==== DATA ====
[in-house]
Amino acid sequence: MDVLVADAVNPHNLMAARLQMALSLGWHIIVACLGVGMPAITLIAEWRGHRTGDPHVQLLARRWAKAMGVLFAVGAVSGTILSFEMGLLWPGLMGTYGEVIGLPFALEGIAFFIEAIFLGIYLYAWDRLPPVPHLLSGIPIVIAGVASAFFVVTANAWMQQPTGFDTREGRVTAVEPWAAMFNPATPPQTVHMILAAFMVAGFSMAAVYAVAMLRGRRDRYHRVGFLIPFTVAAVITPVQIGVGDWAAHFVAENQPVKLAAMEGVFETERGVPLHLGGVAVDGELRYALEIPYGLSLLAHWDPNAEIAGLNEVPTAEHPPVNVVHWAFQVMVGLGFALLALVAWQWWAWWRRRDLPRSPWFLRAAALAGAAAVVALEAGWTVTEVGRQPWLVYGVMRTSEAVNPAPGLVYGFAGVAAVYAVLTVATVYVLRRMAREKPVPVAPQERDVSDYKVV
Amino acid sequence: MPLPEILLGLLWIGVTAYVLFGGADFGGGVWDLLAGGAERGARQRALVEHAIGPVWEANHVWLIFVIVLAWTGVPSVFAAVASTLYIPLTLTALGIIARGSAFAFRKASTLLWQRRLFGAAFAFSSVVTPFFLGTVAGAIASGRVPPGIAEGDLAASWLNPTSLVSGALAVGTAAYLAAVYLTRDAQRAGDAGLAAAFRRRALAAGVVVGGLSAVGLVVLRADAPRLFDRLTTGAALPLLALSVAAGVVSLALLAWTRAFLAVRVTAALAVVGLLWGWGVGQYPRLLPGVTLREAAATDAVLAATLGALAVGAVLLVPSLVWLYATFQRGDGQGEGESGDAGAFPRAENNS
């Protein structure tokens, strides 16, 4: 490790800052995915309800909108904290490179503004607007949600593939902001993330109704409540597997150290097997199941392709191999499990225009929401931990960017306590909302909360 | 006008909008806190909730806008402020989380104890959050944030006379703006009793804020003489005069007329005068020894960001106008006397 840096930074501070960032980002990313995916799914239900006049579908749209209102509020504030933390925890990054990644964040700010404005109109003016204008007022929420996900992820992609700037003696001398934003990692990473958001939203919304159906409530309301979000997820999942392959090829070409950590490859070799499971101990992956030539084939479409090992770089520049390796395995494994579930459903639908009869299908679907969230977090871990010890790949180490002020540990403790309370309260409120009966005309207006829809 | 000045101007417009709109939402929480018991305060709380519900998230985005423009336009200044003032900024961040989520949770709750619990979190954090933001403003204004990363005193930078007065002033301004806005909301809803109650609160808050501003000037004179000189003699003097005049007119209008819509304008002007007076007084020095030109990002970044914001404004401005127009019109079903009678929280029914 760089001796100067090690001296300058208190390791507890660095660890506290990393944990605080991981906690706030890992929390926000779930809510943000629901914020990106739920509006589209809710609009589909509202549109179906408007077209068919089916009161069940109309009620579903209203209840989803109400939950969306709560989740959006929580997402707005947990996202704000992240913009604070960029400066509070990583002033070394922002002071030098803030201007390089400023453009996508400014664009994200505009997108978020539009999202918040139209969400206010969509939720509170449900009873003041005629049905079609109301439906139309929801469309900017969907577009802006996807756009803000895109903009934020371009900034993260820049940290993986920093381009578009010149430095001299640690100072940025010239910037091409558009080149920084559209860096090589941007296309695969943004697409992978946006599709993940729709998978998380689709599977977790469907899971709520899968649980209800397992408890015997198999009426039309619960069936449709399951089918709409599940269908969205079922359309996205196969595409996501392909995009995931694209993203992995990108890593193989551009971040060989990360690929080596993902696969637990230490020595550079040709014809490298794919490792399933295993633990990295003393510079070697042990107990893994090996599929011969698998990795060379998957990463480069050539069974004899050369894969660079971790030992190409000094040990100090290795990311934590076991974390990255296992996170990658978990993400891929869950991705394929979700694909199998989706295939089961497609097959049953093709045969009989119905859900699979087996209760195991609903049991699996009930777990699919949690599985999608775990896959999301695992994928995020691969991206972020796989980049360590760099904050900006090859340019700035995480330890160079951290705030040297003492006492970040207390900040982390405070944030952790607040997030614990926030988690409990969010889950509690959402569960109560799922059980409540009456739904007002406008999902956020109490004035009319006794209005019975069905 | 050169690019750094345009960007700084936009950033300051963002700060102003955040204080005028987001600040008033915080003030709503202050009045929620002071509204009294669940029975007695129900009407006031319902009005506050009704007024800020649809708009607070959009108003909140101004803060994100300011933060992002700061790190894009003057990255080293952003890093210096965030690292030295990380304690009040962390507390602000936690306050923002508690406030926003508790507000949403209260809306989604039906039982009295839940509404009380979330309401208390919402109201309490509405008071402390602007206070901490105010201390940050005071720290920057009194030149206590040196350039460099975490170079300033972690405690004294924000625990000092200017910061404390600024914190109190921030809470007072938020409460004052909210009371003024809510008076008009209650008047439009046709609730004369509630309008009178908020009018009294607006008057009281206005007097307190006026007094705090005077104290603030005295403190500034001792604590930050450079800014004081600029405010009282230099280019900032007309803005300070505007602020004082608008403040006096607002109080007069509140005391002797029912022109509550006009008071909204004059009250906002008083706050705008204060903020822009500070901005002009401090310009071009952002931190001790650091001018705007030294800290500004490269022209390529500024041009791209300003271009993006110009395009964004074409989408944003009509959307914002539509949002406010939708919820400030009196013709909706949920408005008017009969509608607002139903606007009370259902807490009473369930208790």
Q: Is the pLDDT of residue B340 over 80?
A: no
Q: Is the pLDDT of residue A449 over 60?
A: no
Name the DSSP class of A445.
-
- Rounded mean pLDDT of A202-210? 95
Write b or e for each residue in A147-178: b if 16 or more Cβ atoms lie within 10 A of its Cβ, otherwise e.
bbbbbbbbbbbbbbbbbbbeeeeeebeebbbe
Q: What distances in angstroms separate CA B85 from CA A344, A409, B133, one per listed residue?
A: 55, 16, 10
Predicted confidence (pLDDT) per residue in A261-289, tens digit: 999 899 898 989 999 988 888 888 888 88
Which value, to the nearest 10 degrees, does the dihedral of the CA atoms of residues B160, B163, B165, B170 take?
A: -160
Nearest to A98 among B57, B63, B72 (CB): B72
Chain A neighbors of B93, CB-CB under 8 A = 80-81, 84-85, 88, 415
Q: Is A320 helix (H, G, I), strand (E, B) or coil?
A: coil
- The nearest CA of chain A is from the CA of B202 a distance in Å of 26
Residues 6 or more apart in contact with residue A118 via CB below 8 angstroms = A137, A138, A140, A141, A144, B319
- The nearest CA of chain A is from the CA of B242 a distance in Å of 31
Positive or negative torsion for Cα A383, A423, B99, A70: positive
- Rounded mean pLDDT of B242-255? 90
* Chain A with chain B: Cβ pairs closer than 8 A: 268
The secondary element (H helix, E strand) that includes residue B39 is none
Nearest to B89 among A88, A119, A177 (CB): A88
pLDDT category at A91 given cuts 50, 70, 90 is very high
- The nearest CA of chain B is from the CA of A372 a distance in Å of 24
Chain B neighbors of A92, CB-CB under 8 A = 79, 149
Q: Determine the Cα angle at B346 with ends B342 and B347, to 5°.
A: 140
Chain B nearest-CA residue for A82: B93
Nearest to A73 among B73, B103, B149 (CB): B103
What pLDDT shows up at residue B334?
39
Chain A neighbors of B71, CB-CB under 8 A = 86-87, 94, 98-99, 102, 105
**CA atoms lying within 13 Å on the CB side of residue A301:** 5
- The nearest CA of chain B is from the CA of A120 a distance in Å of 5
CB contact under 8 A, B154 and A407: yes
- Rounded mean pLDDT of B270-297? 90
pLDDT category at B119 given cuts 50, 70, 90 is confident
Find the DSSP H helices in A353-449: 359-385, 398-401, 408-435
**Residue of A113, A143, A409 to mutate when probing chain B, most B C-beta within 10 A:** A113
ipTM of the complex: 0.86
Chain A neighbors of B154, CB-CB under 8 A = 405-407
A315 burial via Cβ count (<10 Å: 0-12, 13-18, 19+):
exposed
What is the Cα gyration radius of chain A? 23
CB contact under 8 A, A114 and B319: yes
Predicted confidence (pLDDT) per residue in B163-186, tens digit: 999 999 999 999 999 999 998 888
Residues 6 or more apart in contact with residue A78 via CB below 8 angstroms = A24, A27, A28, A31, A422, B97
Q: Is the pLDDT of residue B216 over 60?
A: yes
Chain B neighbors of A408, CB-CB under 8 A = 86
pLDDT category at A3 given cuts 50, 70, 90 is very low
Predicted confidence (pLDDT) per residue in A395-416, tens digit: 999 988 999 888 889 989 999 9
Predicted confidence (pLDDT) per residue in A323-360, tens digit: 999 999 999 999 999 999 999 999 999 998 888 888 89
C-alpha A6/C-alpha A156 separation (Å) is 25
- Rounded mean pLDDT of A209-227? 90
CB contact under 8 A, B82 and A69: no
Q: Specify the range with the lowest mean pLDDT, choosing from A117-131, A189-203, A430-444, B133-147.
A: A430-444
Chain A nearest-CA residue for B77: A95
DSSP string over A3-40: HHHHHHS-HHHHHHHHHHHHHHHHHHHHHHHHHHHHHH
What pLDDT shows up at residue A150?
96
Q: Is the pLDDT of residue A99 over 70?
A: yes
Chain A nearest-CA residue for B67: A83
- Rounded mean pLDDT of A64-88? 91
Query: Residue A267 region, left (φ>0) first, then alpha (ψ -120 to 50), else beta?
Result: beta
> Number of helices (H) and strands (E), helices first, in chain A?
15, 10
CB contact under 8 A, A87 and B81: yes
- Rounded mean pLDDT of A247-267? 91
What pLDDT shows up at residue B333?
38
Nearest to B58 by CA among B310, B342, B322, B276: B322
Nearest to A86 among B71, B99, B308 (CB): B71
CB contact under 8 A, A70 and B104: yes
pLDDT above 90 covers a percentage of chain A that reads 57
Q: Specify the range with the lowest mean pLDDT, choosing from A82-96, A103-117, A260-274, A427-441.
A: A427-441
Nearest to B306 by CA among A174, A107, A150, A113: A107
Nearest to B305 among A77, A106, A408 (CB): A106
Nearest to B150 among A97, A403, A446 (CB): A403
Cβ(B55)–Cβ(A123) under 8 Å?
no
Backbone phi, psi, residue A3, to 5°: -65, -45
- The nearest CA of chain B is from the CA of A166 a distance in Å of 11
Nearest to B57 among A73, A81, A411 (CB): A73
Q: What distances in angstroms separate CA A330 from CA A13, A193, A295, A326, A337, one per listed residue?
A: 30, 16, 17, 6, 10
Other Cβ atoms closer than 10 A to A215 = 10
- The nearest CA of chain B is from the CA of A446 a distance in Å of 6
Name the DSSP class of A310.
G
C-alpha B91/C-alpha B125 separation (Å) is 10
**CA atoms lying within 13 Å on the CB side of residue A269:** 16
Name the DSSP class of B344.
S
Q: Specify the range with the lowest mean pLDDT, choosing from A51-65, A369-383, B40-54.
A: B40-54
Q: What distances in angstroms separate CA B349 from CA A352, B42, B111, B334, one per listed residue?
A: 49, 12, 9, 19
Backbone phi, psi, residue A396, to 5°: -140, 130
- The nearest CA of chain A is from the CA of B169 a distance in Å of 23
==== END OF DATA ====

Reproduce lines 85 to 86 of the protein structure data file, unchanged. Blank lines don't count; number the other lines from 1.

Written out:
CB contact under 8 A, A70 and B104: yes
pLDDT above 90 covers a percentage of chain A that reads 57